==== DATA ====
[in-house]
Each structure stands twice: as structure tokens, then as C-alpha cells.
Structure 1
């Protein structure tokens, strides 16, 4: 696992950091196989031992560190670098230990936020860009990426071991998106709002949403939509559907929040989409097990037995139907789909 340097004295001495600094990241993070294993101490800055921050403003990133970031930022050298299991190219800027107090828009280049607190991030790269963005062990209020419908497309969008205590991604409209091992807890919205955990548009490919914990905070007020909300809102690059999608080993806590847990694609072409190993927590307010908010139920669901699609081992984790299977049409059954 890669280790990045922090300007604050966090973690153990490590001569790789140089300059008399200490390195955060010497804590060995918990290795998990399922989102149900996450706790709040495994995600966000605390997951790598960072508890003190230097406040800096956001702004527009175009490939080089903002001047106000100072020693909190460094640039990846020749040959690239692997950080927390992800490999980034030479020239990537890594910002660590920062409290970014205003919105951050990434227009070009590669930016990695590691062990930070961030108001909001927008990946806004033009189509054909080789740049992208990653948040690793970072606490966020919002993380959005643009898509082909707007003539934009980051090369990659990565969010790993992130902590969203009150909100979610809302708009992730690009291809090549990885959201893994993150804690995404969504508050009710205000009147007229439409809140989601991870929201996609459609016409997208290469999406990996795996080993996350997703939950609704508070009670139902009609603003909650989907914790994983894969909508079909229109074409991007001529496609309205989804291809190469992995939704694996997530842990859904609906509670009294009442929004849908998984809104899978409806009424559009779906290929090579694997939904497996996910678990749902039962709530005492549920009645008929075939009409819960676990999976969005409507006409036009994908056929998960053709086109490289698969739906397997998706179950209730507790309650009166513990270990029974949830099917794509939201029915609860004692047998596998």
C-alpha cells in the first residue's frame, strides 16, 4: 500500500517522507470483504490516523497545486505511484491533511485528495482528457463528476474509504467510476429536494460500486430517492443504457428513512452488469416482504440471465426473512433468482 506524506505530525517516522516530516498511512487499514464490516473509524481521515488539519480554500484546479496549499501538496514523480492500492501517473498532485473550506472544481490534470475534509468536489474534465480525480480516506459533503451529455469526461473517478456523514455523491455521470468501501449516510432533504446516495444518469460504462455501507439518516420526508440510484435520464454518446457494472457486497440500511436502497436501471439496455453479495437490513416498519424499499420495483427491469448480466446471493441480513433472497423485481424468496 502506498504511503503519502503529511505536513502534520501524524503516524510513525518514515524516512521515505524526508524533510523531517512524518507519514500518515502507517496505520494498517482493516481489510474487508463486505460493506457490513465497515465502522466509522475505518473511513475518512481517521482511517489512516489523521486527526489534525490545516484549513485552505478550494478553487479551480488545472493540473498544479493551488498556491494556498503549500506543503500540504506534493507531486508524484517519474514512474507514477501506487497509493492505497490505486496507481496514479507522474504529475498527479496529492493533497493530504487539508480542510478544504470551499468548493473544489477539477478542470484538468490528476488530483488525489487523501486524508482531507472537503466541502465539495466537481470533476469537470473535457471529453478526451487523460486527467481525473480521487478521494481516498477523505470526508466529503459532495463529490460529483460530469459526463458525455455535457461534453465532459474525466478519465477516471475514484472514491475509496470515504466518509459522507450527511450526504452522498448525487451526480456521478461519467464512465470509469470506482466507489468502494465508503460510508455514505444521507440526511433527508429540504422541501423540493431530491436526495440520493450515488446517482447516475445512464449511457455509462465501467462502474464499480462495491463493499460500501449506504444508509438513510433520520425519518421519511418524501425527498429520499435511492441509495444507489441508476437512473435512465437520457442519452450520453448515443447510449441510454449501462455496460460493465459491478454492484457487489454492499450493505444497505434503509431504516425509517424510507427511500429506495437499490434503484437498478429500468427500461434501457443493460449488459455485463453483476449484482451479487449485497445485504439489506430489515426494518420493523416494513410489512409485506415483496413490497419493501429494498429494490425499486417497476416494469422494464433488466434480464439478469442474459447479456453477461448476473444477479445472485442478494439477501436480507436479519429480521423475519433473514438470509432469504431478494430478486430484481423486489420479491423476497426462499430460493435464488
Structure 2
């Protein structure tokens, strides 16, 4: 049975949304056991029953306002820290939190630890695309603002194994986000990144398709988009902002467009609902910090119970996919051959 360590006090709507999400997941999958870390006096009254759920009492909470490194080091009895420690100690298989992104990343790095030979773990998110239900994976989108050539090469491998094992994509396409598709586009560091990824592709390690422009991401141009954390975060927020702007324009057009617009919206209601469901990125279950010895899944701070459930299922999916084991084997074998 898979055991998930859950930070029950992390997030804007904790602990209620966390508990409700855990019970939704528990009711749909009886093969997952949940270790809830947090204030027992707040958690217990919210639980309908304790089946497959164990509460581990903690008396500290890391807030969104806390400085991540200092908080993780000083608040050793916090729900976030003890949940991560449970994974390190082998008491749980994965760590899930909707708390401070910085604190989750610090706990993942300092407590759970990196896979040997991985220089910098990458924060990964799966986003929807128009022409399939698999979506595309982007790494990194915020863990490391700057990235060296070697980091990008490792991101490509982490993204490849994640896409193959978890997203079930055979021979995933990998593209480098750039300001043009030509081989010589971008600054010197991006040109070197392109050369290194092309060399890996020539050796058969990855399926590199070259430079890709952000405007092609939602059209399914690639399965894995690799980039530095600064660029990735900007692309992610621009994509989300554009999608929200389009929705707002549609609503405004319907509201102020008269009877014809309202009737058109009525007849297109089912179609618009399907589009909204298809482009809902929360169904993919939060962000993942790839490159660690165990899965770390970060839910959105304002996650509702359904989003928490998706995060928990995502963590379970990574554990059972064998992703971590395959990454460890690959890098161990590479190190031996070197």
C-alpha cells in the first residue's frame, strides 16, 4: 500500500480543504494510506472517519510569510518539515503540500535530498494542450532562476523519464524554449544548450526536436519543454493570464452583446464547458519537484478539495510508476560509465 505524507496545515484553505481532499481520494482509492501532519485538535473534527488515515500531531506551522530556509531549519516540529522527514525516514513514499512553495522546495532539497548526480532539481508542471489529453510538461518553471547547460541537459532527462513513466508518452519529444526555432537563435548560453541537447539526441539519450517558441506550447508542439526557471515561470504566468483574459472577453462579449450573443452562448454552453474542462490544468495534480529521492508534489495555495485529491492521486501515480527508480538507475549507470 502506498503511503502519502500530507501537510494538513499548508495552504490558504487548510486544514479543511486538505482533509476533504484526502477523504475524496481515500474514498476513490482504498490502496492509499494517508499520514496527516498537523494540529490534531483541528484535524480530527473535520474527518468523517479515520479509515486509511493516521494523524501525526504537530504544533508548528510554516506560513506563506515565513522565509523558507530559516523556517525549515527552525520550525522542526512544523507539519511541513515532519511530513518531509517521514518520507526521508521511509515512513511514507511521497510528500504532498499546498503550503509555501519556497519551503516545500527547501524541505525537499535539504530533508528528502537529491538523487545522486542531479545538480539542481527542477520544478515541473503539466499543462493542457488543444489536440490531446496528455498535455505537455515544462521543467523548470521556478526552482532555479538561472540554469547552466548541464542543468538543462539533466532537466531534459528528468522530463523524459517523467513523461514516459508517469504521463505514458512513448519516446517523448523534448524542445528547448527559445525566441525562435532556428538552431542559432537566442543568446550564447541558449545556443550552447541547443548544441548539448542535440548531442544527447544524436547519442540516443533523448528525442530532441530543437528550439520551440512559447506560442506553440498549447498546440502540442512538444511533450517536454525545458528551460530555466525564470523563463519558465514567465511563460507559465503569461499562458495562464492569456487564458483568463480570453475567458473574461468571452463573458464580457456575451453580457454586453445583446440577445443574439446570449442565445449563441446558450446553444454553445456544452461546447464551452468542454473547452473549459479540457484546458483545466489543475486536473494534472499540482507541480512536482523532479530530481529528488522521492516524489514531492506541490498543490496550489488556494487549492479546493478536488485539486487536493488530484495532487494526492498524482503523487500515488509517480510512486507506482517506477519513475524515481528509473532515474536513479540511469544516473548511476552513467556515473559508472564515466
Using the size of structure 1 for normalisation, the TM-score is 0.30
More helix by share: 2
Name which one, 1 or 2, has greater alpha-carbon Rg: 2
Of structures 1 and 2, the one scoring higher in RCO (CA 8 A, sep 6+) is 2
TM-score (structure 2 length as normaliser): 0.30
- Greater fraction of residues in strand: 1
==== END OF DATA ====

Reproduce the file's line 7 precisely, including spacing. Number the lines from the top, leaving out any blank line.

């Protein structure tokens, strides 16, 4: 049975949304056991029953306002820290939190630890695309603002194994986000990144398709988009902002467009609902910090119970996919051959 360590006090709507999400997941999958870390006096009254759920009492909470490194080091009895420690100690298989992104990343790095030979773990998110239900994976989108050539090469491998094992994509396409598709586009560091990824592709390690422009991401141009954390975060927020702007324009057009617009919206209601469901990125279950010895899944701070459930299922999916084991084997074998 898979055991998930859950930070029950992390997030804007904790602990209620966390508990409700855990019970939704528990009711749909009886093969997952949940270790809830947090204030027992707040958690217990919210639980309908304790089946497959164990509460581990903690008396500290890391807030969104806390400085991540200092908080993780000083608040050793916090729900976030003890949940991560449970994974390190082998008491749980994965760590899930909707708390401070910085604190989750610090706990993942300092407590759970990196896979040997991985220089910098990458924060990964799966986003929807128009022409399939698999979506595309982007790494990194915020863990490391700057990235060296070697980091990008490792991101490509982490993204490849994640896409193959978890997203079930055979021979995933990998593209480098750039300001043009030509081989010589971008600054010197991006040109070197392109050369290194092309060399890996020539050796058969990855399926590199070259430079890709952000405007092609939602059209399914690639399965894995690799980039530095600064660029990735900007692309992610621009994509989300554009999608929200389009929705707002549609609503405004319907509201102020008269009877014809309202009737058109009525007849297109089912179609618009399907589009909204298809482009809902929360169904993919939060962000993942790839490159660690165990899965770390970060839910959105304002996650509702359904989003928490998706995060928990995502963590379970990574554990059972064998992703971590395959990454460890690959890098161990590479190190031996070197």